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Mum’s and Bub’s….the gift of life with a healthy gut microbiome

Mum’s and Bub’s….the gift of life with a healthy gut microbiome

We have all heard of how important gut health is to our overall health, the use of pro-biotics to improve gut health and increase beneficial gut bacteria is now a common practice advised by many health care practitioners. But where does the colonisation of healthy gut bacteria begin? Let’s explore the world of the human microbiome and what factors can influence the health of our gut flora, paying close attention to what happens during childbirth and beyond.

The term ‘microbiome’ refers to the totality of microbes, their genetic elements and environmental interactions within a particular environment. Research has shown that the community of microbes within the gut can have a huge impact on human physiology. Certain non-beneficial microbes in larger numbers have been linked with a number of chronic diseases such as rheumatoid arthritis, fibromyalgia, diabetes and auto-immune disease. Links have also been made with mood disorders, allergies, asthma and obesity.

The good news is that we can influence the gut and immune health of our children by understanding the importance of transference of microbes between mother and baby.

Prior to birth, the foetus grows in the mother’s womb in an almost sterile environment. In the outside world, baby will come into contact with many bacteria, both good and bad. To prepared for that in the lead up to birth, good bacteria will migrate to different locations of the mother’s body and will be transferred to the baby through the birth canal. Other modes of transference will be through the skin to skin contact of mother and baby and during breastfeeding. This is referred to as the ‘seeding’ of baby’s microbiome.

Another important factor is the health of the mother’s microbiome or gut flora. To ensure that baby’s immune system is given the best start possible when the transference of microbes takes place, a focus on gut health in preconception care is important. This is especially relevant for women who may already have conditions linked with dysbiosis, which is an imbalance of bacteria within the gut.

So what can you do if you’re planning a family and want to ensure that you have healthy microbiome to transfer to your baby?

Firstly, planning and preparation is a good place to start. Give yourself ideally 6-12 months to get your body ready for pregnancy to ensure that you have time to get your health into tip top shape!

Consider the following:

• Optimal nutrition! So true is the old saying ‘you are what you eat!” Certain foods and drinks such as sugar, refined carbohydrates and alcohol can disrupt the balance of our gut bacteria and even feed and encourage the growth of non-beneficial bacteria. Ensure your diet is rich in wonderful nutritious wholefoods (organic where possible!)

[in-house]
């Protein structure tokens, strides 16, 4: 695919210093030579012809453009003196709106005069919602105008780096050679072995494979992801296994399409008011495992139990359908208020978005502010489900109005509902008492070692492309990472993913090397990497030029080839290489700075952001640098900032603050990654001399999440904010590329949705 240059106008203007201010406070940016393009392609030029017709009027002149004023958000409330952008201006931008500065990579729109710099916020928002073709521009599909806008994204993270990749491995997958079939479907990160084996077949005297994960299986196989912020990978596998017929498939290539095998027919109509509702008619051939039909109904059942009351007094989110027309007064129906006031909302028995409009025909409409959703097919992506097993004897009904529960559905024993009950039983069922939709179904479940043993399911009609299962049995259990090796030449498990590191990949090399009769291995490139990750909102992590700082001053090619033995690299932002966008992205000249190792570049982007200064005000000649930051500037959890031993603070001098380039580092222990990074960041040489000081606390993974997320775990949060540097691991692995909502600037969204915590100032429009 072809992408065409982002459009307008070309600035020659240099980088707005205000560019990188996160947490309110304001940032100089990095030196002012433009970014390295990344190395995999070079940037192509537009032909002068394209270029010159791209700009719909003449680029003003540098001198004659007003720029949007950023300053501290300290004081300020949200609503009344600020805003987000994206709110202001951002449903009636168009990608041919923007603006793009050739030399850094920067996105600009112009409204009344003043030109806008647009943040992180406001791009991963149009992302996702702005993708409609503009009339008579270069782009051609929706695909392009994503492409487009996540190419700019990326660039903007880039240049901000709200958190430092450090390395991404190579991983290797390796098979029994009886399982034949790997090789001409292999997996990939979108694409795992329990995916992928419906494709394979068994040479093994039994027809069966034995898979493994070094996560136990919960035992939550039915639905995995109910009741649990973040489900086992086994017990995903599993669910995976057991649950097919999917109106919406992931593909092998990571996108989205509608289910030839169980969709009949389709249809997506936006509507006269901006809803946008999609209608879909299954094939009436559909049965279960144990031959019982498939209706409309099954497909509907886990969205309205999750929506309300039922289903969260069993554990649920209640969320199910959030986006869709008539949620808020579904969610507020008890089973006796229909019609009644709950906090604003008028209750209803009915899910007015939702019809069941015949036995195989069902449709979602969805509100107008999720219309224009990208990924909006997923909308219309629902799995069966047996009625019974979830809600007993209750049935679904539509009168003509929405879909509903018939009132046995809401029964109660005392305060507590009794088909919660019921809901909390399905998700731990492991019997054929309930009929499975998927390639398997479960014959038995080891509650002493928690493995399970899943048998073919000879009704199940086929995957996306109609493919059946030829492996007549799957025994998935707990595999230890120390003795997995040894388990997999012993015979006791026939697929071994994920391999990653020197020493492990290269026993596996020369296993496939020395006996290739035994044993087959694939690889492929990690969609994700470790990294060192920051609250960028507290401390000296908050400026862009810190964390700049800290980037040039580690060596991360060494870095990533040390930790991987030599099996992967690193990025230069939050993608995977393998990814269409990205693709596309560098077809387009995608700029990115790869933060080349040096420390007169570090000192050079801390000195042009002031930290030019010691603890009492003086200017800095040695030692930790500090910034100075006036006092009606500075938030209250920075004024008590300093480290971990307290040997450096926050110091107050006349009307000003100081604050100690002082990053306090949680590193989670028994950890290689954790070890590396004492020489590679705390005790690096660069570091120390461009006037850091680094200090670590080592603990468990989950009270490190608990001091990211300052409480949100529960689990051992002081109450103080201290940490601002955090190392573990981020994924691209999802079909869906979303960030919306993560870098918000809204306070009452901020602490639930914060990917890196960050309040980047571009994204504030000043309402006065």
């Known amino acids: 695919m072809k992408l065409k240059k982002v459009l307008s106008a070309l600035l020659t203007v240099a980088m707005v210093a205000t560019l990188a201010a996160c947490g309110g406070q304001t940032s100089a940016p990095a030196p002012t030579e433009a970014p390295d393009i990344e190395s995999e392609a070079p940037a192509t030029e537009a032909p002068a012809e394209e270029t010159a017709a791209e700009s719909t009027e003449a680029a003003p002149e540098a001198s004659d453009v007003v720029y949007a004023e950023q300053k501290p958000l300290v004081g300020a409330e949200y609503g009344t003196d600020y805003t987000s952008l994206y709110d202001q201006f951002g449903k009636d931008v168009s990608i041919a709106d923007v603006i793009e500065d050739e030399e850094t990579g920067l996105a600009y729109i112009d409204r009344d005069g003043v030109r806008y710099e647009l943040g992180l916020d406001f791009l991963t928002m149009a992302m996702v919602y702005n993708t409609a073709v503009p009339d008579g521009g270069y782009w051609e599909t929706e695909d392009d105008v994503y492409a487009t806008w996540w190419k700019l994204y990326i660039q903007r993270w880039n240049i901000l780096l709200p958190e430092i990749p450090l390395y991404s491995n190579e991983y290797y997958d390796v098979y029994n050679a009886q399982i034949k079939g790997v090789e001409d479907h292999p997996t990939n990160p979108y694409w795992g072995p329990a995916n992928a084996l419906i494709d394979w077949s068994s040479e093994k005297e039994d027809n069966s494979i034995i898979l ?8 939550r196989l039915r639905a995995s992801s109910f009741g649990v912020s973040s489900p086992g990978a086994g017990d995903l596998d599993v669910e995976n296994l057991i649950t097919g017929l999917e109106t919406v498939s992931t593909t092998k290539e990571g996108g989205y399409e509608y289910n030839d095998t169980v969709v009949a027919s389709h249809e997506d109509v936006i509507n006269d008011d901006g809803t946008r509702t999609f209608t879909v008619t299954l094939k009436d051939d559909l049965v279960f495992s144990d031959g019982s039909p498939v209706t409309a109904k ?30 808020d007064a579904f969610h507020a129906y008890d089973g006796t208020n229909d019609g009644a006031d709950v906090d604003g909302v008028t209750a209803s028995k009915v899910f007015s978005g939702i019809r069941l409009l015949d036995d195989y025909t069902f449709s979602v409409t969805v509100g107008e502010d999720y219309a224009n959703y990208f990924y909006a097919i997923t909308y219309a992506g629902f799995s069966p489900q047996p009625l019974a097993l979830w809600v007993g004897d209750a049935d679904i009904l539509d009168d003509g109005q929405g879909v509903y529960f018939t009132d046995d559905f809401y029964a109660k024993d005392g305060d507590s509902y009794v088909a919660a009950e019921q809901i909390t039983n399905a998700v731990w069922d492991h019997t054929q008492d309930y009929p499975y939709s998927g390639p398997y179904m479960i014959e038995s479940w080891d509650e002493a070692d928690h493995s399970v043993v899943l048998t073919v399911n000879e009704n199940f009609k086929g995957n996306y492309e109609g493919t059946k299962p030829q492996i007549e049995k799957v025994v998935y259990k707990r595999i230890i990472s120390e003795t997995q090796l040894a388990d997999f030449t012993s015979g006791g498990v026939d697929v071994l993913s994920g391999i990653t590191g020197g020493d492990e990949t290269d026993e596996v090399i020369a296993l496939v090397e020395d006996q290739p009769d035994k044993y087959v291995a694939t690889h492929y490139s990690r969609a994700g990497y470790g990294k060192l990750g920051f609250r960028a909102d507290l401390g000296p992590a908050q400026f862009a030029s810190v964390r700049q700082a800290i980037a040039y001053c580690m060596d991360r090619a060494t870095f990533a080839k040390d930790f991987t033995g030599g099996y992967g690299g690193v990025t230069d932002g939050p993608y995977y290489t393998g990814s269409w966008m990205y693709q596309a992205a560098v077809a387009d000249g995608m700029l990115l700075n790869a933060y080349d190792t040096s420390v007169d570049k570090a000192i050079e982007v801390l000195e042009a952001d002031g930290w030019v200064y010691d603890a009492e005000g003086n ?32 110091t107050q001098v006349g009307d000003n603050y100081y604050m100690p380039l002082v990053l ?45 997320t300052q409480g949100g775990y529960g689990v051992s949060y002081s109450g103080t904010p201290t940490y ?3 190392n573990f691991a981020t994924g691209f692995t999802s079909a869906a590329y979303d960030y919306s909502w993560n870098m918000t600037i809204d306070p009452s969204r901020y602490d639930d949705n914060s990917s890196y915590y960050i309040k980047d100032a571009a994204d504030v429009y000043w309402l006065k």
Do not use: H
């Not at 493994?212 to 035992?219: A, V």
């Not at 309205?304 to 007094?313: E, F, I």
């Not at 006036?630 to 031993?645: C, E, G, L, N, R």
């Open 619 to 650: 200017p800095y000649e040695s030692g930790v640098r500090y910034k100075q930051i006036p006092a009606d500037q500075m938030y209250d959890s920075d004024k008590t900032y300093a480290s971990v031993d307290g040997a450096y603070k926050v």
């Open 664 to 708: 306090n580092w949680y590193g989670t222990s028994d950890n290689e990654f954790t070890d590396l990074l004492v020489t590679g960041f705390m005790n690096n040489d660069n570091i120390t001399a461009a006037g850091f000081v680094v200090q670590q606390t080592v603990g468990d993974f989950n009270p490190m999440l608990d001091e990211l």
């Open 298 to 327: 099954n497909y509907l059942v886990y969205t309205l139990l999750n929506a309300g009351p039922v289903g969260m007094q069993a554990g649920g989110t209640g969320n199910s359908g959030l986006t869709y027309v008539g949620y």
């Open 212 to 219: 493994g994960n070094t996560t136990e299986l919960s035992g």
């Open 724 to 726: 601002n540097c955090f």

• Include probiotic food sources such as fermented vegetables or kefir. These foods will provide a direct source of beneficial microbes to improve the landscape of gut bacteria.
• Quit smoking….I don’t need to elaborate on the reasons why, but also note smoking has a negative effect on gut bacteria.
• Exercise regularly! The benefits of regular exercise include a healthier body and mind. Studies have also shown that women who exercise during pregnancy may impact for the better the health of the placenta, increasing the size. This means more oxygen and nutrients delivered to the foetus.
• Stress less! Too much stress can negatively impact our gut health, endocrine health and general well-being.
• Minimise or avoid alcohol.
• Reduce your toxic exposure. Aim to eat organic produce, steer clear of processed and packaged foods that can contain food additives and preservatives. Consider going natural and chemical free when you buy cleaning products and personal hygiene and beauty products.
• See your Naturopath for guidance on what supplements and herbs are most beneficial in improving your gut microbiome.

Pregnancy, birth and breastfeeding seed the baby’s microbiome, a greater understanding and active support of this natural process may have profound and positive effects on the long term health of our children*. The innate intelligence of the mother’s body is able to protect and prepare the baby for the outside world before and after the first breath is taken, this is truly nature and nurture at its best.

Emma Tippett is an enthusiastic and caring Naturopath practitioner who believes that finding and maintaining your optimal health is the primary focus of your Naturopath Melbourne. To book an appointment with Emma, call 1300 21 44 25.

*Disclaimer: Please know that the results are a typical and may vary from person to person

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